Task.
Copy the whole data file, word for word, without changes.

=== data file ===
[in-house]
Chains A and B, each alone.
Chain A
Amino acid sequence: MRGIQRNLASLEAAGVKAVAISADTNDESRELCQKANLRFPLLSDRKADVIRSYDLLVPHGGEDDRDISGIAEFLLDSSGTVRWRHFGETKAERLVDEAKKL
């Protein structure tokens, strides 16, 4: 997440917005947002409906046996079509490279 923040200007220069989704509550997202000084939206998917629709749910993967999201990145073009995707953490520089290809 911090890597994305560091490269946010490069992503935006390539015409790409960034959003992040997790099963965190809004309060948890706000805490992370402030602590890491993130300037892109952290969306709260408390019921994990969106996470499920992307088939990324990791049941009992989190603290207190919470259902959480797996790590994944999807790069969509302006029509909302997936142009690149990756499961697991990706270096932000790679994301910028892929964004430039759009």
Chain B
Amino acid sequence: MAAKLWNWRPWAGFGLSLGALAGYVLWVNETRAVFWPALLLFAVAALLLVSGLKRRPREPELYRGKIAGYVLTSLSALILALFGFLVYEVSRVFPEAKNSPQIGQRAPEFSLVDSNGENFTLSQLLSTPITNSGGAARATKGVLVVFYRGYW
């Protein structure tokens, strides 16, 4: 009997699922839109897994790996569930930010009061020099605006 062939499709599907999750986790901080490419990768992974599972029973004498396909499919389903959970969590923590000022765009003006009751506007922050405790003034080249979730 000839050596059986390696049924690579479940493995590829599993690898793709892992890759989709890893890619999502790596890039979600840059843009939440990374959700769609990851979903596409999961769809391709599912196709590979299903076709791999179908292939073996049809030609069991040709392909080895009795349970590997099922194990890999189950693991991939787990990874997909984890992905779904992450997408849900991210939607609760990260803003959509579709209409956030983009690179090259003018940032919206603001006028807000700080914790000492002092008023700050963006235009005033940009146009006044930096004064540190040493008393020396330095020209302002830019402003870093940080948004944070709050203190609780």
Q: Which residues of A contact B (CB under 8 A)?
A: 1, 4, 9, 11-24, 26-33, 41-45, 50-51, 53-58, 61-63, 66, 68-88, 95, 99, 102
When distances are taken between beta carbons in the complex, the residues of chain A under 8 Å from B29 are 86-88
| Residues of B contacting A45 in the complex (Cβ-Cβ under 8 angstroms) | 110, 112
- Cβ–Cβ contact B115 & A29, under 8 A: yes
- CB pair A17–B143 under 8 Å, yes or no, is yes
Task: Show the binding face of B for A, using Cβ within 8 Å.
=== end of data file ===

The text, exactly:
[in-house]
Chains A and B, each alone.
Chain A
Amino acid sequence: MRGIQRNLASLEAAGVKAVAISADTNDESRELCQKANLRFPLLSDRKADVIRSYDLLVPHGGEDDRDISGIAEFLLDSSGTVRWRHFGETKAERLVDEAKKL
């Protein structure tokens, strides 16, 4: 997440917005947002409906046996079509490279 923040200007220069989704509550997202000084939206998917629709749910993967999201990145073009995707953490520089290809 911090890597994305560091490269946010490069992503935006390539015409790409960034959003992040997790099963965190809004309060948890706000805490992370402030602590890491993130300037892109952290969306709260408390019921994990969106996470499920992307088939990324990791049941009992989190603290207190919470259902959480797996790590994944999807790069969509302006029509909302997936142009690149990756499961697991990706270096932000790679994301910028892929964004430039759009």
Chain B
Amino acid sequence: MAAKLWNWRPWAGFGLSLGALAGYVLWVNETRAVFWPALLLFAVAALLLVSGLKRRPREPELYRGKIAGYVLTSLSALILALFGFLVYEVSRVFPEAKNSPQIGQRAPEFSLVDSNGENFTLSQLLSTPITNSGGAARATKGVLVVFYRGYW
């Protein structure tokens, strides 16, 4: 009997699922839109897994790996569930930010009061020099605006 062939499709599907999750986790901080490419990768992974599972029973004498396909499919389903959970969590923590000022765009003006009751506007922050405790003034080249979730 000839050596059986390696049924690579479940493995590829599993690898793709892992890759989709890893890619999502790596890039979600840059843009939440990374959700769609990851979903596409999961769809391709599912196709590979299903076709791999179908292939073996049809030609069991040709392909080895009795349970590997099922194990890999189950693991991939787990990874997909984890992905779904992450997408849900991210939607609760990260803003959509579709209409956030983009690179090259003018940032919206603001006028807000700080914790000492002092008023700050963006235009005033940009146009006044930096004064540190040493008393020396330095020209302002830019402003870093940080948004944070709050203190609780």
Q: Which residues of A contact B (CB under 8 A)?
A: 1, 4, 9, 11-24, 26-33, 41-45, 50-51, 53-58, 61-63, 66, 68-88, 95, 99, 102
When distances are taken between beta carbons in the complex, the residues of chain A under 8 Å from B29 are 86-88
| Residues of B contacting A45 in the complex (Cβ-Cβ under 8 angstroms) | 110, 112
- Cβ–Cβ contact B115 & A29, under 8 A: yes
- CB pair A17–B143 under 8 Å, yes or no, is yes
Task: Show the binding face of B for A, using Cβ within 8 Å.